WILBERT J. SAUCIER, JR.
ROBERT E. WASHINGTON, SR., ET AL.
OF REVIEW FROM THE ALEXANDRIA CITY COURT PARISH OF RAPIDES,
DOCKET NO. 130031 HONORABLE RICHARD E. STARLING, JR., CITY
COURT JUDGE, WRIT GRANTED AND MADE PEREMPTORY; JUDGMENT
RENDERED; REMANDED WITH INSTRUCTIONS.
J. Roy, Jr. A Law Corporation and Mark D. Plaisance Attorneys
for Applicants/Defendants, Robert E. Washington, Sr., et al.
Michael L. Glass Attorney for Respondent/Plaintiff, Wilbert
J. Saucier, Jr.
Saunders, J., concurs in the result reached. J. Savoie
concurs with reasons.
composed of Ulysses Gene Thibodeaux, Chief Judge, Sylvia R.
Cooks, John D. Saunders, Phyllis M. Keaty and Kent D. Savoie,
R. COOKS, JUDGE
AND FACTUAL BACKGROUND
E. Washington, Sr.'s (Washington) ancestors, the Harrell
family, acquired a 61.67 acre tract of land in 1929. Simon
and Clara Harrell farmed the property and raised 16 children
on this land. The family had undisturbed peaceable
use of a right-of-way to their land for more than 80 years.
In 1994, Wilbert J. Saucier, Jr. (Saucier) purchased 2, 200
acres of land known as Erris-Omega Plantation. This large
tract completely surrounds the Harrell heirs' acreage
(Harrell acreage). Saucier tried, by his admission, multiple
times to buy the Harrell acreage to no avail. In 1999,
Saucier filed suit against the Harrell heirs claiming garbage
flowed in flood waters from a nearby canal bordering the
Harrell acreage onto his property. This suit was first filed
in District Court and assigned to Judge Donald Johnson.
Washington pointed out truthfully in an on-line blog
exchange at issue here that Saucier first filed his garbage
claim in district court but it was assigned to an
African-American Judge. Saucier dismissed his action without
prejudice and re-filed it in Pineville City Court where it
would be heard by Judge Phillip Terrell (Terrell), a white
judge. Judge Terrell later ran for District Attorney and
while campaigning discussed his ruling in the Harrell/Saucier
matter on the local radio talk show that is also at issue
here. Washington, as a representative for the Harrell family,
escorted the Judge to the site to show him the garbage.
During this visit, Washington showed the Judge that there
were "baby diapers and other paraphernalia" and
"beer and liquor bottles" on Saucier's
property. He explained to the Judge the Harrell family had no
infants at the camp house and the Harrell family did not
drink alcohol. Judge Terrell eventually awarded Saucier $15,
000.00 in damages for the garbage, plus $2, 000.00 for costs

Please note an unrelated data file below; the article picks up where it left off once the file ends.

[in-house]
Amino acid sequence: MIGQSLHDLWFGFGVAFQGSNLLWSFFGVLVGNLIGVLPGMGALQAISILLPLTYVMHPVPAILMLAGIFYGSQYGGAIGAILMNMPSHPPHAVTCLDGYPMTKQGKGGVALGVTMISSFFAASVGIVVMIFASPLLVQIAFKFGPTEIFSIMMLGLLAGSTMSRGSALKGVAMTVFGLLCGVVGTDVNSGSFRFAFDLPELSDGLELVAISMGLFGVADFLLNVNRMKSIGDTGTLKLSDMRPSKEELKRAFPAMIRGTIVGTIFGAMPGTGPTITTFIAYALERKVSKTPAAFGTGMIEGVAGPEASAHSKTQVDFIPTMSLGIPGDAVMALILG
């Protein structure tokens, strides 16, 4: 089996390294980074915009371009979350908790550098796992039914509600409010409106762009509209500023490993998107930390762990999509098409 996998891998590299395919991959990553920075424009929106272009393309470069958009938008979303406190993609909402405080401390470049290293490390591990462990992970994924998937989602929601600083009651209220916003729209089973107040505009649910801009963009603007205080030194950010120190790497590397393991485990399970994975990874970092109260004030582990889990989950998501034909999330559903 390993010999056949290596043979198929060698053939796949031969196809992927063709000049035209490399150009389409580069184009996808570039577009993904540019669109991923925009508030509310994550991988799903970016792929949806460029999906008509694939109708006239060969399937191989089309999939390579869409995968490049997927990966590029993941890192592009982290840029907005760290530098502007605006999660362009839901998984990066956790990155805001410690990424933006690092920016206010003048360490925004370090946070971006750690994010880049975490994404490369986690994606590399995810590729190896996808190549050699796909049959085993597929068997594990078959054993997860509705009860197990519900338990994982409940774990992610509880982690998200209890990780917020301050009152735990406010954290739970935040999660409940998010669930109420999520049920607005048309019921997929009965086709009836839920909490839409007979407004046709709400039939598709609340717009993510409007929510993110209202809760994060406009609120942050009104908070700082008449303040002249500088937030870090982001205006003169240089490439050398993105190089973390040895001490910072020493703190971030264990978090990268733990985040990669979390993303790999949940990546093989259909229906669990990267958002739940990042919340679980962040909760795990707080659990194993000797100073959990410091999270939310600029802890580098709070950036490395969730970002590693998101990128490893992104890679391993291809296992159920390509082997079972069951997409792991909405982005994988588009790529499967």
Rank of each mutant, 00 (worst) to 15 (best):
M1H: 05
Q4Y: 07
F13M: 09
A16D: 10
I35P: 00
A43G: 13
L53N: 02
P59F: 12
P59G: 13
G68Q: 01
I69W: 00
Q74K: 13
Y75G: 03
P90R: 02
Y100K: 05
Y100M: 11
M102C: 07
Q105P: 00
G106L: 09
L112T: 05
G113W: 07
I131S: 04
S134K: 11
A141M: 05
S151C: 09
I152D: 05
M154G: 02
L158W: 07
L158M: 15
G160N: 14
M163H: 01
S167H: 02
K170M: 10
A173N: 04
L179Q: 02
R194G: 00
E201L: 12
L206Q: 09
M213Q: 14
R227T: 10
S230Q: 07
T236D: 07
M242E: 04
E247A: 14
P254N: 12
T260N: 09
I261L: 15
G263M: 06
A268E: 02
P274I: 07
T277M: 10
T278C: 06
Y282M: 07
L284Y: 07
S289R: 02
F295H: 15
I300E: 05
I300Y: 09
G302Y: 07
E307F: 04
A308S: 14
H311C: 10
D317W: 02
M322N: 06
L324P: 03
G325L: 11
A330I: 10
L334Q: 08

and interest. The Harrell heirs tried to pay the money
judgment, but Saucier would not accept payment and instead
filed a lien against the Harrell heirs' property. The
Harrell heirs asked the district court to compel Saucier to
accept payment and the court eventually ordered him to do so.
This matter was assigned to Judge Donald Johnson, who the
article later written by Mr. Aswell quotes as saying:
"he did not know how things were done in Pineville, but
that the case looked suspicious to him but he was helpless
under the law to remedy the situation." Saucier did not
present anything in this record to show that this statement
was not made by Judge Johnson. Further, there was no
affidavit introduced by Saucier from Aswell to say where he
obtained that information.
2004, Saucier constructed a ten (10) foot tall fence that
surrounds the Harrell tract, along with a ten (10) foot wide
cattle guard and two gates crossing the right-of-way to the
Harrells' property. He notified the Harrells and provided
them with two keys to the gates. The Harrell family, unable
to pass through the gates with their tractors and other farm
implements, filed suit against Saucier to enjoin him from
interfering with their servitude of passage across his
property which they had used since 1929. The action was
apparently set for trial in November, 2008, but at some stage
of the proceeding the parties agreed in open court, according
to Saucier, and this court's previous opinion, to enter
into a settlement whereby the Harrells would gain a servitude
of passage over his property, they would agree to pay for a
surveyor to set boundaries, they would pay for any widening
of the gates, and the court would later determine any
compensation due Saucier. The choice of surveyor depended on
Saucier's approval as did any enlargement of the gates
which were too narrow to allow the Harrells to pass equipment
through. The entire proposed settlement agreement was also
contingent on approval by the district court in Grant Parish
that was handling the Harrell succession matter. The Harrell
heirs did not execute any settlement documents and alleged
they did not agree to such an arrangement. Saucier, in March,
2009, filed a motion to enforce the settlement agreement
which was fixed for April 20, 2009. The Harrells' lawyer
asked for a continuance and did not show up for the hearing.
The lawyer filed a motion by facsimile on April 15, 2009,
requesting the continuance of a hearing set for "May 20,